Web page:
Allen Muhammad and was so brainwashed by him that he no longer knew right
      from wrong, a defense psychiatrist testified Wednesday. Malvo "was merged
      with Mr. Muhammad," Diane Schetky said at Malvo's capital murder trial. "He
      was acting as his proxy ... He was like a puppet in his hands." Asked by
      defense lawyer Craig Cooley if Malvo was able to distinquish right from
      wrong -- the legal standard for insanity in Virginia -- Schetky said, "I
      believe he was not." Schetky was the second defense witness to diagnose
      Malvo with a dissociative disorder, a mental illness that involves a
      distorted view of reality.

      [Faith Healing] Baby's tragic death 'god's will'
      The parents of a Northland baby who died from a kidney infection believe
      their eighth child died as the result of "God's will". [...] Police are
      investigating the circumstances of his death. [...] Caleb's grandfather John
      Tribble said that, in the fortnight before his death, Caleb had suffered
      from a flu virus which had also infected Caleb's five sisters and two
      brothers. Mr Tribble, who is a faith-healer, prayed for Caleb and felt he
      was improving. "Caleb had lost a lot of weight, but on Monday he'd stopped
      vomiting and was chortling and laughing".

      [Faith Healing] Police probe death of 'healed' baby
      Police are investigating the death of a baby whose family had tried to heal
      him with prayer. [...] The baby's father, David Tribble, said the family had
      strong Baptist beliefs and believed in the healing power of God, but were
      not part of any extremist sect or cult. [...] Last year, Jan and Deborah
      Moorhead were jailed for five years for the manslaughter of their
      six-month-old son, Caleb. Mr Tribble said the families knew each other.
      Strict vegans and devout Seventh-day Adventists, the Moorheads would not
      allow Caleb to be treated for a vitamin deficiency caused by his mother's
      diet. Mr Tribble said there was no comparison between the Moorheads' beliefs
      and his own Baptist faith, which had no such restrictions.
      "Just so everybody in the world knows, I don't put my faith in a cabbage or
      turnip or anything like that. They put their faith in herbs or vegetables. I
      put my faith directly in the Holy Spirit." John Tribble said he had used the
      power of God to heal people who went to him for help. "Some have been healed
      and some haven't, but don't ask me why."

      [Transcendental Meditation] 'Twin Peaks' Director Urges $1 Bln for
      As director of such dark films as "Blue Velvet" and "Mulholland Drive" and
      the television series "Twin Peaks," David Lynch seems an unlikely leader for
      a world peace campaign based on mass meditation. As director of such dark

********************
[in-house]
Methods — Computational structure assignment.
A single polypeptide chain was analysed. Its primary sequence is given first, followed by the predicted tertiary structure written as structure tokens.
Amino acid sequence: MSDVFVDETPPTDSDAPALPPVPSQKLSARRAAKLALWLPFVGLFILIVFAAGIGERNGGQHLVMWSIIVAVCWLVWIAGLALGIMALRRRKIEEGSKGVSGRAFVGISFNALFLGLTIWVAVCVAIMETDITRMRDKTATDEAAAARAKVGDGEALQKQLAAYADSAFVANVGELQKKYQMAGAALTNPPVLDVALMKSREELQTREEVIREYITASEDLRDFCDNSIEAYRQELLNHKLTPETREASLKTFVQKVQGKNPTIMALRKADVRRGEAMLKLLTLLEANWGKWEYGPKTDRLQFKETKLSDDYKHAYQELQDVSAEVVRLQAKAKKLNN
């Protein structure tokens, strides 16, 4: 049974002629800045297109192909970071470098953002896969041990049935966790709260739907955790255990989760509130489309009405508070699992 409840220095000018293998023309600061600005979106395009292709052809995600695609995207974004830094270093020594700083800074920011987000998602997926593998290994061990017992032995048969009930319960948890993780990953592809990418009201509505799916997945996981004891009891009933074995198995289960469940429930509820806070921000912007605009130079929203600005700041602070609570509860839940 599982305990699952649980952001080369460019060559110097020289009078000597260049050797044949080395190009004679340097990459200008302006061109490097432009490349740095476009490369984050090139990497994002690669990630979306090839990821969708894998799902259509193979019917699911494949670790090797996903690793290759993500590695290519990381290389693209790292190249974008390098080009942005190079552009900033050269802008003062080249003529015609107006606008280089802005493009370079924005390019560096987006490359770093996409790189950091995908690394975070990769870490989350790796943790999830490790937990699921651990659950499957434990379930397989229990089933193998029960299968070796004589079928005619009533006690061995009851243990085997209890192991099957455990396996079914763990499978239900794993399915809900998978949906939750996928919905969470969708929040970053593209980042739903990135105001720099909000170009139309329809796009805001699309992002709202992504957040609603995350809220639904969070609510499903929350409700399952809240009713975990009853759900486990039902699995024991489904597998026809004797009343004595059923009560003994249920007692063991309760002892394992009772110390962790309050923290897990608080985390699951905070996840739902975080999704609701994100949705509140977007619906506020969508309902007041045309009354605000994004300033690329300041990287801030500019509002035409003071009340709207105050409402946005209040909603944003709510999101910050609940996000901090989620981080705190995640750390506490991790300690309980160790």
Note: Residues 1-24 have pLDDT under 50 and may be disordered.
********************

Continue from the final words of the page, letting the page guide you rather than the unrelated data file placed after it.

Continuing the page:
films as "Blue Velvet" and "Mulholland Drive" and the television series
      "Twin Peaks," David Lynch seems an unlikely leader for a world peace
      campaign based on mass meditation. But for Lynch, life is bliss, and he
      says he wants to spread it around. So he has joined a Washington real estate
      developer and a former magazine executive to try to raise $1 billion to
      bankroll a foundation meant to supply instructors in Transcendental
      Meditation to ease the planet's stress.

      [Books] Author discusses religious zealots
      Some of the most destructive acts committed throughout the centuries have
      been done in the name of religion, says writer Charles Kimball. Kimball,
      author of When Religion Becomes Evil: Five Warning Signs
      (HarperSanFrancisco, $22.95), was the featured speaker Wednesday at a
      reception for the Palm Beach Fellowship of Christians and Jews held at Palm
      Beach Day School. [...] Some of the warning signs of religious extremists
      include claims of absolute truth, blind obedience and the idea of living in
      an ideal time, Kimball said. He explained that absolute truth claims deal
      with someone who to know what God is thinking. "I'm not saying there's no
      such thing as absolute truth," Kimball said. "I just believe it rests with
      God and not with us. Be very careful of absolutist claims, particularly when
      it's linked to violent behavior."

      [Word of Faith Fellowship] Controversial church sues Rutherford County DSS
      A Rutherford County church known for its controversial use of "blasting
      prayer" has sued the county Department of Social Services, alleging
      violation of its freedom of religion. The lawsuit, filed Dec. 5 in U.S.
      District Court by lawyers for Spindale-based Word of Faith Fellowship,
      accuses Rutherford DSS of unconstitutional harassment of church members. It
      says that harassment results "from defendants' disapproval of, dislike for
      and class-based animus towards plaintiffs' lawful religious beliefs and
      practices." [...] At the heart of the controversy are two church practices
      and their application to children. One is "strong" or "blasting" prayer, a
      high-volume form of prayer that Word of Faith members say is based on
      numerous biblical references. Former church members have described blasting
      as a practice in which church members stand in a circle around an individual
      while praying loudly in an effort to drive demonic spirits from the subject.
      The other is "discipleship," in which church members and children spend time
      in isolation, praying, reading Scriptures and listening to tapes of
      religious teachings. Critics of the church and its practices argue that
      blasting prayer is a form of abuse and that discipleship training involves
      isolating children from friends and family.